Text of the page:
The crucial necessity for respect and obedience to parents cannot be overemphasized. In the Old Testament law God prescribed the severest penalties for dishonoring parents. Striking or even cursing a parent was punished by death (Exodus 21:15, 17). An incorrigibly rebellious son was likewise to be surrendered to the authorities and stoned to death by all the men of the city (Deuteronomy 21:18-21).

    This severe procedure shows that disrespect for parents is not just a family matter; it is the concern of society as a whole. "All the men of his city" were to participate in the execution because the whole city was threatened by such a youth. If left unchecked, the attitude of rebellion grows and spreads to others; thus this evil must be removed from the community. The execution itself was to have a deterrent effect: "All Israel shall hear, and fear."

Care in Later Life

    The command to honor father and mother applies to adults also. Though no longer required to obey parents, adults must show them honor in other ways.

    Perhaps the best word to describe the attitude an adult should have toward his parents is care. We should care about our parents, and we should care for them if necessary.

    Care means remembering: remembering via letters, calls. visits, and gifts An elderly parent dreads few things more than being forgotten.

    Jesus condemned the Pharisees who tried to escape their responsibility of providing for their parents by "donating" their possessions to the Lord (Mark 7:10-13). It was a "donation" only on paper; they continued to use everything as if it were their own.

 
III.Responsibilities of Parents

    The fifth Commandmen involves obligations for parents as well as for children. Respect for and submission to authority must be learned. It is not enough for a parent simply to give orders; a child must be taught how and why to obey.

    Thus it is the parents' responsibility to nurture an obedient and respectful spirit in their children. If a child fails to learn respect for authority his parents must share a large part of the blame.

Instruction in Righteousness

    A parent s first and basic obligation to his children is to instruct them concerning God's works and God's works and God's law. Psalm 145:4 says, "One generation shall praise thy works to another, and shall declare thy mighty acts." Thus every parent must be a teacher.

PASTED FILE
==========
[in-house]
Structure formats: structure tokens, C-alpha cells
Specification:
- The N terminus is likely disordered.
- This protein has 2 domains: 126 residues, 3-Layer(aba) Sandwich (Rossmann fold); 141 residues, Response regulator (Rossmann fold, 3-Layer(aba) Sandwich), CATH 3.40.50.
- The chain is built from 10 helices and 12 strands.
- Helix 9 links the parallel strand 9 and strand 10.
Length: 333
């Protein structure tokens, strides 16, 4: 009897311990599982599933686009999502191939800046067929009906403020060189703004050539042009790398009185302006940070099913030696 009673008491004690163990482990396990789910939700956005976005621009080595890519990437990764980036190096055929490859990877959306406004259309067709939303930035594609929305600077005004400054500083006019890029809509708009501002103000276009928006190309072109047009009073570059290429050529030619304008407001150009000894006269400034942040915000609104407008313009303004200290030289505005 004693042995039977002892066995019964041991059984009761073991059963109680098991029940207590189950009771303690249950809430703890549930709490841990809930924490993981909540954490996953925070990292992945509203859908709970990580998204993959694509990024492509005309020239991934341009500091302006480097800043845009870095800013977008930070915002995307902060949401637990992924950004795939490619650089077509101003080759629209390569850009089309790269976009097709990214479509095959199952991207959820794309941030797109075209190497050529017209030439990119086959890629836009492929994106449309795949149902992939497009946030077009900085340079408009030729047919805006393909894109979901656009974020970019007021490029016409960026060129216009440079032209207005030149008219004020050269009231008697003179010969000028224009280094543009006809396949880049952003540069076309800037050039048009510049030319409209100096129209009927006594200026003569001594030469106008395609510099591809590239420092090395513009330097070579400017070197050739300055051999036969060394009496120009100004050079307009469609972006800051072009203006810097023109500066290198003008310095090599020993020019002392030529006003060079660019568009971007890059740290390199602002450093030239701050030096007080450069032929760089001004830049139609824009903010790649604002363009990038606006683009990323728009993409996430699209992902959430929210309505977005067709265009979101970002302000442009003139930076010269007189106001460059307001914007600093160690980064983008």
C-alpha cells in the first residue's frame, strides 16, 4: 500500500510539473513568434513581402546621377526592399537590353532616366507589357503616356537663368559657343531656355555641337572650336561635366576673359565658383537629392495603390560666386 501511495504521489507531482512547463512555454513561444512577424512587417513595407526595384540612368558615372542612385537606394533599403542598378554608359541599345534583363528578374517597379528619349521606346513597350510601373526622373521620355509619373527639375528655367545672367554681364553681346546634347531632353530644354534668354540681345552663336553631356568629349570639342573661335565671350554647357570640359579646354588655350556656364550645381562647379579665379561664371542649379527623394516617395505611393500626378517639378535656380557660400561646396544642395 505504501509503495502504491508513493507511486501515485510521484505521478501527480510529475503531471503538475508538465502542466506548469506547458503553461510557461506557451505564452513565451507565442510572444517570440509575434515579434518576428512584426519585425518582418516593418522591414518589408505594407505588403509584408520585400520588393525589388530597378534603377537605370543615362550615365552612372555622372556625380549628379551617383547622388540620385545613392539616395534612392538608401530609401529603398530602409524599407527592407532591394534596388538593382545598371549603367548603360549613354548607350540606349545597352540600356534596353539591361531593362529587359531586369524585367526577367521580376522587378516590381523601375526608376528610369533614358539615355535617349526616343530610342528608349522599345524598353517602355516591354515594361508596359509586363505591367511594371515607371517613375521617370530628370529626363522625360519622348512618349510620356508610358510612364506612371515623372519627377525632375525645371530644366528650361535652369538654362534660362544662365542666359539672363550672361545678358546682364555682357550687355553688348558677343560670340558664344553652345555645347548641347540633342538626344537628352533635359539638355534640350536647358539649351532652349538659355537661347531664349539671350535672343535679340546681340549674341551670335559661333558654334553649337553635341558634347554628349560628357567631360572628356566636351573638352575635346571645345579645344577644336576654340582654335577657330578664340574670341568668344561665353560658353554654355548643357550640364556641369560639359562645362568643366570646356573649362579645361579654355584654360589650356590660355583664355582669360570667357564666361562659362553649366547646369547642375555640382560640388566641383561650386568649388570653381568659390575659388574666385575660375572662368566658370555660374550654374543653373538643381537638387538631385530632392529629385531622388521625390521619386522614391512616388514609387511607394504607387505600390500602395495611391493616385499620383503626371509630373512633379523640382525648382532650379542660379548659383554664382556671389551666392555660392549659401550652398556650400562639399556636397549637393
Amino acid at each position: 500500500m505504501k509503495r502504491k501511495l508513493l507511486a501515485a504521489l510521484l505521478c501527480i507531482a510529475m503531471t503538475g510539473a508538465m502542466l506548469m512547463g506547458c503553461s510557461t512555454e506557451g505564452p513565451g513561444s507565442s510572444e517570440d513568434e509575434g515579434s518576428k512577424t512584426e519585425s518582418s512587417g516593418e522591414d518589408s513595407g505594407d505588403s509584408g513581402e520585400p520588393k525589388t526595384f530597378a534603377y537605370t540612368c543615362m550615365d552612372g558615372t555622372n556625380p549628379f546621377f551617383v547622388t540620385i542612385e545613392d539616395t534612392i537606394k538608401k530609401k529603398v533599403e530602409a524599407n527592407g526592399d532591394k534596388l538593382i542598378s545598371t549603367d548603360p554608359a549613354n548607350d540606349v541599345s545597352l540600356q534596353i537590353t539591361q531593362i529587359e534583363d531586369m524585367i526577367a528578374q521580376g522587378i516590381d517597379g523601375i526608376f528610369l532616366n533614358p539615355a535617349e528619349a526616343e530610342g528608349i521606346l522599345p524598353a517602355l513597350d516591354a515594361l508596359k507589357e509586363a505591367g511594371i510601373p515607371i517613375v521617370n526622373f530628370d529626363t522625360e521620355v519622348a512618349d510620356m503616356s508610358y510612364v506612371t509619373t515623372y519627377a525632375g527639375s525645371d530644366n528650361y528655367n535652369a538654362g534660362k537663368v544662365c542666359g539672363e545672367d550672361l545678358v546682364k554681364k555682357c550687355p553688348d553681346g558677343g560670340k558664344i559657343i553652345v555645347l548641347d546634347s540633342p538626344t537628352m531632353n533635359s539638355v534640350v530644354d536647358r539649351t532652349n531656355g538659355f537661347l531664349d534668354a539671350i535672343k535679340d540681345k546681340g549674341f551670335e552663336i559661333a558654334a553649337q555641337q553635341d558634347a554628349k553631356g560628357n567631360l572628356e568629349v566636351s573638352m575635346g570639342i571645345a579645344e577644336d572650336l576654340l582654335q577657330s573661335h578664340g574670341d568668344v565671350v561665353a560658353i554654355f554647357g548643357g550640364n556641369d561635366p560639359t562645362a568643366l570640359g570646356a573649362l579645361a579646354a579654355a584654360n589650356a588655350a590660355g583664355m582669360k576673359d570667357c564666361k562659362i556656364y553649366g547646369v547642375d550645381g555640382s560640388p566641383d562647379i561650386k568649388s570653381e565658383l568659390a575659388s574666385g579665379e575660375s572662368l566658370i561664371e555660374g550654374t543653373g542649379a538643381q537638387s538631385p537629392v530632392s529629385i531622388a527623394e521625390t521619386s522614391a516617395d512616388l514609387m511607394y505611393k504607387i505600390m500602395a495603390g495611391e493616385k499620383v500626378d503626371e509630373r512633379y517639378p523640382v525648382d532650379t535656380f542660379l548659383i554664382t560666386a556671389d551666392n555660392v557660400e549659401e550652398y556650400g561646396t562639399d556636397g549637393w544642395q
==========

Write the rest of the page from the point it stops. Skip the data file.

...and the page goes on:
In Old Testament times Hebrew parents were strictly commanded to teach their children the law of God, as Deuteronomy 6:6-9 emphasizes. Timothy's mother Eunice and grandmother Lois were faithful to this command (2 Timothy 1:5), and Timothy knew the Hebrew Scriptures (2 Timothy 3:15).

    If this was required of Hebrew parents, do not Christian parents have an even greater duty to instruct their children in righteousness? Indeed, Paul commands fathers to rear their children "in the nurture and admonition of the Lord" (Ephesians 6:4).

    Sunday school, church, and youth activities in the church should not be considered optional and left to the choice of the child. The same is true of Christian camps, retreats, and youth conferences, which are among the most effective teaching instruments today. Christian parents must see such programs as means of instructing their children in righteousness. Of course, they should use discretion in order to avoid provoking rebellion, and also take account of the special needs of shy or sensitive children.

    Church programs, however, can never take the place of instruction in the home itself. Christian parents must constantly be teaching their children about Christ and Christian living. Every Christian home should have regular family devotions.

    Occasionally a parent will say, "I'm not going to try to influence my children regarding religion. I want them to make up their own minds." Such an idea is irresponsible and un-Christian. If a parent loves his children, he will do everything in his power to influence them in the way of salvation.

Correction

    The second basic responsibility of parents is correction. Instruction alone will not build respect for authority in the heart of a child; the teaching must be enforced with corrective discipline. (See Proverbs 13:24; 22:15; 23:13.)

    Two extremes must be avoided. If a parent is too slack and inconsistent in discipline, this may lead to a contempt for authority. On the other hand, if the correction is too harsh and unjust, it may create anger and lead to rebellion. Thus Ephesians 6:4 warns, "And, ye fathers, provoke not your children to wrath."

    In summary, the main point of the fifth Commandment is to establish the principle of authority and obedience in human relationships. Parental authority properly administered and duly respected is the chief means to the realization of this principle in all human relationships.
 

Chapter 5
Chapter 7